Dabigatran also safe and effective in in real-world patients with atrial fibrillation

Real-world dabigatran study simultaneously published in JAMA Intern Med

Literature - Graham DJ et al., Circulation. 2014

Cardiovascular, Bleeding, and Mortality Risks in Elderly Medicare Patients Treated with Dabigatran or Warfarin for Non-Valvular Atrial Fibrillation

Graham DJ, Reichman ME, Wernecke M, et al.,
Circulation. 2014 Oct 30. pii: CIRCULATIONAHA.114.012061. [Epub ahead of print]


The Randomised evaluation of long-term anticoagulation therapy (RE-LY) trial showed that patients with atrial fibrillation (AF) randomised to the direct thrombin inhibitor dabigatran (150 mg twice daily) had a lower risk of stroke and intracranial haemorrhage than patients randomised to the vitamin K antagonist warfarin. Dabigatran treatment was associated with an increased risk of major gastrointestinal (GI) haemorrhage than warfarin [1].
Dabigatran has a favourable net clinical benefit when compared with warfarin, but no validated assay exists with which anticoagulation intensity can be monitored, and to date no proven method of rapid reversal of its anticoagulant effect is available [1-3].
AF primarily affects the elderly. The safety profile of dabigatran as seen in controlled trial settings may be different in general practice. This study therefore compared the risk of stroke, major GI and intracranial bleeding, acute myocardial infarction (AMI) and mortality in elderly Medicare beneficiaries with non-valvular AF who initiated warfarin or dabigatran (propensity score match obtained for 67.207 new dabigatran users, dabigatran: 18.205 person-years of on-therapy follow-up time, warfarin: 19.382 person years). This study was performed as part of the SafeRx Project, a joint initiative of the Centers for Medicare & Medicaid Services (CMS) and the US Food and Drug Administration (FDA).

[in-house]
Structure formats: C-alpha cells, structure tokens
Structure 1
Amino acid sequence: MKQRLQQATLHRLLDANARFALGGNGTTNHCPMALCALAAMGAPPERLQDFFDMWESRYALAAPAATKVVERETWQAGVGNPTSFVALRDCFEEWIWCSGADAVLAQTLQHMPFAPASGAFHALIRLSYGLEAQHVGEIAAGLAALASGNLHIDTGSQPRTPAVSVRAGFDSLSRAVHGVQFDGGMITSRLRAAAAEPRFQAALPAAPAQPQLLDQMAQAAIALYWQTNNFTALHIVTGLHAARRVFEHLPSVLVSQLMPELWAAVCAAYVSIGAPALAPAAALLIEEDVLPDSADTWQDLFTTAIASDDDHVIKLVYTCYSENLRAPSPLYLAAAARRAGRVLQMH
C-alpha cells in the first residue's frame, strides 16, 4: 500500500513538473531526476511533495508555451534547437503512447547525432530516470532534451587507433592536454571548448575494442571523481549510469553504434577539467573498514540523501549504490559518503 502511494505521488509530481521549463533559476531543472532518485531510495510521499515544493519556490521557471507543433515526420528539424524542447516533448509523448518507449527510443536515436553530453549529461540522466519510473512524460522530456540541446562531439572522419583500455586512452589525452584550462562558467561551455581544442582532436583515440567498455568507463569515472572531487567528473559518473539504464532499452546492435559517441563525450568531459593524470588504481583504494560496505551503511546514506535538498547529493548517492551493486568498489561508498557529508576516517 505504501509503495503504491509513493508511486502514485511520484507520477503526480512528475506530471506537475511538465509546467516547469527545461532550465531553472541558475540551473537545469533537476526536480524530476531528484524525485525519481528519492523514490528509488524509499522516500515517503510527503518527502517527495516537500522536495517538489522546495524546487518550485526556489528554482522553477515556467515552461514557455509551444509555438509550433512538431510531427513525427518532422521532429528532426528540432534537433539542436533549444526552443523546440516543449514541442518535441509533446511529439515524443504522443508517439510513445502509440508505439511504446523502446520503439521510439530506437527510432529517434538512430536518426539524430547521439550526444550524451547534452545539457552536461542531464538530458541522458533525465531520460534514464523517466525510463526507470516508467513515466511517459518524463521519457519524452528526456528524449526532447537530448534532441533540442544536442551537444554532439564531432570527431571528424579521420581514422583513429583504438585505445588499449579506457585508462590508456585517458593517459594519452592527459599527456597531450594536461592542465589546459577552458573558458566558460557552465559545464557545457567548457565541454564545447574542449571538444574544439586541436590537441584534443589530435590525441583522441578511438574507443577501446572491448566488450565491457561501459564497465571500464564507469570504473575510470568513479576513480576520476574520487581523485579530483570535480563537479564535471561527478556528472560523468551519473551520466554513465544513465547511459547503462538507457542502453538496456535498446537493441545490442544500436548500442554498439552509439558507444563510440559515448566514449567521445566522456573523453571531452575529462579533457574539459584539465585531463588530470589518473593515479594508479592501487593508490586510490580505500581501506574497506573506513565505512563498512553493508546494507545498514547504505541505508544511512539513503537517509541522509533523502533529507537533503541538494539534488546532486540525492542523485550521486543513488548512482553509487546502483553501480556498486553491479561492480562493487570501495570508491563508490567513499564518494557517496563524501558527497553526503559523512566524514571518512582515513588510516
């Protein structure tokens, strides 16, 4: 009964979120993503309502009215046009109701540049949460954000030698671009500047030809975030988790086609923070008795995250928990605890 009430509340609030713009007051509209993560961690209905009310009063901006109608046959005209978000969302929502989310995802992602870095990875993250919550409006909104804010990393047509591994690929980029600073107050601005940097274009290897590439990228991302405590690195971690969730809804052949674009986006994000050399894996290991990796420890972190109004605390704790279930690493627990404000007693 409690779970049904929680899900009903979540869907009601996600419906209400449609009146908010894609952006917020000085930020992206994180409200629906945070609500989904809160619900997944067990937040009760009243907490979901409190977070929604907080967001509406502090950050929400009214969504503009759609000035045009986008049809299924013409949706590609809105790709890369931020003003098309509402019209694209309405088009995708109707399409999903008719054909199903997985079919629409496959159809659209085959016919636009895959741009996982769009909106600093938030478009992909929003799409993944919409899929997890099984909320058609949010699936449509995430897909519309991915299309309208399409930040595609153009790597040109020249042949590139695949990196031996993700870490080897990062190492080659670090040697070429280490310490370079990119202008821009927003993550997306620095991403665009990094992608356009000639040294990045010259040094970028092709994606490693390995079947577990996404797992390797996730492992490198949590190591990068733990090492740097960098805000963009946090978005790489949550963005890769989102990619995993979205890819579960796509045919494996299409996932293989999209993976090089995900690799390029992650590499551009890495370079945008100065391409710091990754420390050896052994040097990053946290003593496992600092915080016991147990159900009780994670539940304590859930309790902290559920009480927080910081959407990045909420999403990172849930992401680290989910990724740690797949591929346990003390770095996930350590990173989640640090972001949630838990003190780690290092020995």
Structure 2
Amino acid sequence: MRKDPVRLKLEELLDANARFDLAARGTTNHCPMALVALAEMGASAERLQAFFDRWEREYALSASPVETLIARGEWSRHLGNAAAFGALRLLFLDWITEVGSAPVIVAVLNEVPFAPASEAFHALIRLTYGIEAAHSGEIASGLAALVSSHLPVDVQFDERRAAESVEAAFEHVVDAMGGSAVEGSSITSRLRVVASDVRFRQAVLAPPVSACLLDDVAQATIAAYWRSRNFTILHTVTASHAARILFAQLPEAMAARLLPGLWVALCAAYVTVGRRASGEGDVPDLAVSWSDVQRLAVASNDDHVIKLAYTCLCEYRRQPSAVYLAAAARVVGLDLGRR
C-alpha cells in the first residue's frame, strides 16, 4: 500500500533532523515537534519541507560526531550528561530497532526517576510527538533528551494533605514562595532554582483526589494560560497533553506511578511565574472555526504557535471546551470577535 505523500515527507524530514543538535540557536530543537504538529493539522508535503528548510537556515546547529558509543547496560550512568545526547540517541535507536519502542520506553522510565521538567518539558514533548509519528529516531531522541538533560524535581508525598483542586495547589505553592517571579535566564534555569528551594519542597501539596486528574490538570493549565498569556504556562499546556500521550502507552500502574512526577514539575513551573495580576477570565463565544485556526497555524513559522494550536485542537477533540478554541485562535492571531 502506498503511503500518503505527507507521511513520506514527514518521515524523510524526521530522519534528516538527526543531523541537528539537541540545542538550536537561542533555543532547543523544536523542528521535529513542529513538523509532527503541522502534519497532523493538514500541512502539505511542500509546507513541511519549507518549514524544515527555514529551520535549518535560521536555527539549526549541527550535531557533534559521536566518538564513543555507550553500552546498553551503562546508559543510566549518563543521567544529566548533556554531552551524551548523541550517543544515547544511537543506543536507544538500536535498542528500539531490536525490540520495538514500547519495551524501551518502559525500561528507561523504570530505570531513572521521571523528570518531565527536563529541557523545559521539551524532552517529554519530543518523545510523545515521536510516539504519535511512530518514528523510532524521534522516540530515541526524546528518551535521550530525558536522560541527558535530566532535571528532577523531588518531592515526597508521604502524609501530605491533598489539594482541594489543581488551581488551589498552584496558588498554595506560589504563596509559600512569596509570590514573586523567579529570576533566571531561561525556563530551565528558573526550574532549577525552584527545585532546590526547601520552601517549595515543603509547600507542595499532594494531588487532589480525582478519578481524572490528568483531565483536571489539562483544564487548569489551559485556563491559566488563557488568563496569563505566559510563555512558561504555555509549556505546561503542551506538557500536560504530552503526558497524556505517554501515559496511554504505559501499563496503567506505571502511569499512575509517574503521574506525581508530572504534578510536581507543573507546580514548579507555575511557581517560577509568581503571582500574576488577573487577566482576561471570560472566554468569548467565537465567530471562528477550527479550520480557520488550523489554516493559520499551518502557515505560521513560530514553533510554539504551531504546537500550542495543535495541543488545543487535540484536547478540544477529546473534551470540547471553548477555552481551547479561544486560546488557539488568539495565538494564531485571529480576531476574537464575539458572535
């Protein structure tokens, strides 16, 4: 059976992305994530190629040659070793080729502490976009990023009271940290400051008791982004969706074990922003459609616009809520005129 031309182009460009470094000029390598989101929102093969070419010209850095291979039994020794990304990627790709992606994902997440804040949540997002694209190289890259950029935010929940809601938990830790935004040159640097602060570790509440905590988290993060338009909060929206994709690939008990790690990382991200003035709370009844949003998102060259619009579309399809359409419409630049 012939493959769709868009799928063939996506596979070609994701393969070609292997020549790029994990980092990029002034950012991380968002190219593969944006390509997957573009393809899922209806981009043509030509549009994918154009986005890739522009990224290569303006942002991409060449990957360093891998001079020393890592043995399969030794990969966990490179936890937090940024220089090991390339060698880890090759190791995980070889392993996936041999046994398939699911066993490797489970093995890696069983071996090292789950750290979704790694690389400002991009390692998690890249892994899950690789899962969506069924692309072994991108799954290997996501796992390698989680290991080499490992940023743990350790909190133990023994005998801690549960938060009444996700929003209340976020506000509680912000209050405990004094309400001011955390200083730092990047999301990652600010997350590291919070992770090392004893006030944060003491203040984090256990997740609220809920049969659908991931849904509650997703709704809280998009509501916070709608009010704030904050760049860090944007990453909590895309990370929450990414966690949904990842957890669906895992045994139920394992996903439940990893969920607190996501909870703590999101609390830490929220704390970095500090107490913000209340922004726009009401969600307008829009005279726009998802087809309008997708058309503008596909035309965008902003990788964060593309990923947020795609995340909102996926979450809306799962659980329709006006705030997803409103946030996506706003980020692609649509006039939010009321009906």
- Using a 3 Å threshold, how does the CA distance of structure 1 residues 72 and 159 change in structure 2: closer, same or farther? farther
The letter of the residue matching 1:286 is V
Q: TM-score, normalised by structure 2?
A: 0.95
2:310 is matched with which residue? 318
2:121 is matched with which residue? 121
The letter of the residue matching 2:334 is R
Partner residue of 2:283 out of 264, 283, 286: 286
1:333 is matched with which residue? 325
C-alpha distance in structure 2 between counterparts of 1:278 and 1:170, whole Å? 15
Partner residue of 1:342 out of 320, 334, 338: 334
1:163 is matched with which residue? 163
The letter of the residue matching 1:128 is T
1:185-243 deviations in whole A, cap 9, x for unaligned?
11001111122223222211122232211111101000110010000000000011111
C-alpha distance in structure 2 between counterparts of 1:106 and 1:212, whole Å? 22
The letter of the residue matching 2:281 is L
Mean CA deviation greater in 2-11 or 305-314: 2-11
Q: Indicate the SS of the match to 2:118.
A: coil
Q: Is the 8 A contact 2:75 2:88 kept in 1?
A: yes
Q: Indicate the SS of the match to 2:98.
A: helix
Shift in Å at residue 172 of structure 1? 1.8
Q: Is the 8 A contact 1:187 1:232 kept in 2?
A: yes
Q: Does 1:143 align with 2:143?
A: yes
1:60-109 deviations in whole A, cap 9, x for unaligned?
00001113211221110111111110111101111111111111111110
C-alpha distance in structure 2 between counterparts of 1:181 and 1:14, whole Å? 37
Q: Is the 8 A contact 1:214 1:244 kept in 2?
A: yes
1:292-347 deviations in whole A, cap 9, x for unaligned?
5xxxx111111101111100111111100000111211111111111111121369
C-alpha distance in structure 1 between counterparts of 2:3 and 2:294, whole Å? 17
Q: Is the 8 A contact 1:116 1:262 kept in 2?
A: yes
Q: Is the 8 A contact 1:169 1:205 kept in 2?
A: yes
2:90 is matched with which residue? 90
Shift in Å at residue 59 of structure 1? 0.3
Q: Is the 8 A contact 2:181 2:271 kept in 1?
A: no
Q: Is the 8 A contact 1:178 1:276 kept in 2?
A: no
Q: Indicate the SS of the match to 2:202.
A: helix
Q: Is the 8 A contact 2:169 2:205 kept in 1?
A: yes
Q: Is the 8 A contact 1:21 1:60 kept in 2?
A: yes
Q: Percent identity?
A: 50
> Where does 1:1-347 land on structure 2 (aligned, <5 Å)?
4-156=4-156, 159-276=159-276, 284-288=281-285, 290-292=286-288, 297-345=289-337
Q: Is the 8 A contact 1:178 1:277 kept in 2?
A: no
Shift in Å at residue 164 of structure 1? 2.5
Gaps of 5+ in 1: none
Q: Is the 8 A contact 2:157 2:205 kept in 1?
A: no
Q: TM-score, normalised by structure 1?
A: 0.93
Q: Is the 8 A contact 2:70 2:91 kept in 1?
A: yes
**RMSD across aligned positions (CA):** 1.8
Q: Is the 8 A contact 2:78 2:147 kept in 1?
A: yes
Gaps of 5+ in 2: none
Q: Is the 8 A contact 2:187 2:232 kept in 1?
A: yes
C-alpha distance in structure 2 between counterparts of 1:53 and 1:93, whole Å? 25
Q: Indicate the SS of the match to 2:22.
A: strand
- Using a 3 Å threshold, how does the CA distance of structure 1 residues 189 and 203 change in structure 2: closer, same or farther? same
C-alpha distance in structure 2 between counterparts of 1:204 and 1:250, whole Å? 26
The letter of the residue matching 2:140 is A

Main results

  • 2.715 primary outcome events were observed in the follow-up period (Oct 2010-Dec 2012), including 475 ischaemic strokes, 1628 major bleeding events and 612 AMIs.
  • Dabigatran use was associated with reduced risk of stroke (adjHR: 0.80, 95%CI: 0.67-0.96), intracranial haemorrhage (adjHR: 0.34, 95%CI: 0.26-0.46), and mortality (adjHR: 0.86, 95%CI: 0.77-0.96), as compared with warfarin use.
  • AMIs or all hospitalised bleeds were seen at similar frequencies in both treatment groups.
  • A higher risk of major GI bleedings was seen with dabigatran as compared with warfarin (adjHR: 1.28, 95%CI: 1.14-1.44).
  • The absolute incidence of ischaemic stroke, major GI bleeding, intracranial haemorrhage and death were highest during the first 90 days of therapy for both warfarin and dabigatran. HRs did not differ substantially across different time intervals.
  • Subgroup analyses showed that risk of major GI bleeds was increased in women of 75 years and older and in men of at least 85 years old, who are treated with dabigatran as compared with warfarin. In younger individuals, no significant difference was seen in GI bleeding risk between warfarin and dabigatran.
  • An interaction between age and a mortality benefit of dabigatran compared with warfarin was seen such that women of 85 years or older showed a trend to an increased risk of death.